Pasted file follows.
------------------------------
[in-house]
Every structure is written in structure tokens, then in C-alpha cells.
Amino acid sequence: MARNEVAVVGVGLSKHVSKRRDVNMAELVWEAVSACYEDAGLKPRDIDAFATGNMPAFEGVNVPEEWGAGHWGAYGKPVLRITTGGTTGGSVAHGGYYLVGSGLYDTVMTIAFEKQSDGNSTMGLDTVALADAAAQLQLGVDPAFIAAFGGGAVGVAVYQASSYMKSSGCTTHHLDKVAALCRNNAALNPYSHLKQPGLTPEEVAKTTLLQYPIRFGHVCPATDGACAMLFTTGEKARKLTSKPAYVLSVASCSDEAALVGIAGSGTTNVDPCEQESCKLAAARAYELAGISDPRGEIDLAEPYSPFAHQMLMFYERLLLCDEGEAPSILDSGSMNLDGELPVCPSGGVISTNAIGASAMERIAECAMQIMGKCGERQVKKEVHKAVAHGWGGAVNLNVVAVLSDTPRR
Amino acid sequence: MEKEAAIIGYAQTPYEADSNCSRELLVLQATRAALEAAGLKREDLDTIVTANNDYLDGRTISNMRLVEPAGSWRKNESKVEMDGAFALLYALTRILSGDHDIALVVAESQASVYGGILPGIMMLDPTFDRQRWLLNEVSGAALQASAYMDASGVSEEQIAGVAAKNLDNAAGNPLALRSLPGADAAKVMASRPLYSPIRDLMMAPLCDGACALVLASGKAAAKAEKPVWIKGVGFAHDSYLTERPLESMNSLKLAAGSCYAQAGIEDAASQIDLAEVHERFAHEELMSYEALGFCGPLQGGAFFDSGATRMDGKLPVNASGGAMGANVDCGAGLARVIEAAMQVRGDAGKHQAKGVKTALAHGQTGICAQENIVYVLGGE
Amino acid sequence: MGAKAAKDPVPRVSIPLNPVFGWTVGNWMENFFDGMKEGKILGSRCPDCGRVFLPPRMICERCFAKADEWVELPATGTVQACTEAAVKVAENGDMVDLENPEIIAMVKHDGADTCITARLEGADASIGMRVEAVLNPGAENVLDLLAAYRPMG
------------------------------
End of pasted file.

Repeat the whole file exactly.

[in-house]
Every structure is written in structure tokens, then in C-alpha cells.
Amino acid sequence: MARNEVAVVGVGLSKHVSKRRDVNMAELVWEAVSACYEDAGLKPRDIDAFATGNMPAFEGVNVPEEWGAGHWGAYGKPVLRITTGGTTGGSVAHGGYYLVGSGLYDTVMTIAFEKQSDGNSTMGLDTVALADAAAQLQLGVDPAFIAAFGGGAVGVAVYQASSYMKSSGCTTHHLDKVAALCRNNAALNPYSHLKQPGLTPEEVAKTTLLQYPIRFGHVCPATDGACAMLFTTGEKARKLTSKPAYVLSVASCSDEAALVGIAGSGTTNVDPCEQESCKLAAARAYELAGISDPRGEIDLAEPYSPFAHQMLMFYERLLLCDEGEAPSILDSGSMNLDGELPVCPSGGVISTNAIGASAMERIAECAMQIMGKCGERQVKKEVHKAVAHGWGGAVNLNVVAVLSDTPRR
Amino acid sequence: MEKEAAIIGYAQTPYEADSNCSRELLVLQATRAALEAAGLKREDLDTIVTANNDYLDGRTISNMRLVEPAGSWRKNESKVEMDGAFALLYALTRILSGDHDIALVVAESQASVYGGILPGIMMLDPTFDRQRWLLNEVSGAALQASAYMDASGVSEEQIAGVAAKNLDNAAGNPLALRSLPGADAAKVMASRPLYSPIRDLMMAPLCDGACALVLASGKAAAKAEKPVWIKGVGFAHDSYLTERPLESMNSLKLAAGSCYAQAGIEDAASQIDLAEVHERFAHEELMSYEALGFCGPLQGGAFFDSGATRMDGKLPVNASGGAMGANVDCGAGLARVIEAAMQVRGDAGKHQAKGVKTALAHGQTGICAQENIVYVLGGE
Amino acid sequence: MGAKAAKDPVPRVSIPLNPVFGWTVGNWMENFFDGMKEGKILGSRCPDCGRVFLPPRMICERCFAKADEWVELPATGTVQACTEAAVKVAENGDMVDLENPEIIAMVKHDGADTCITARLEGADASIGMRVEAVLNPGAENVLDLLAAYRPMG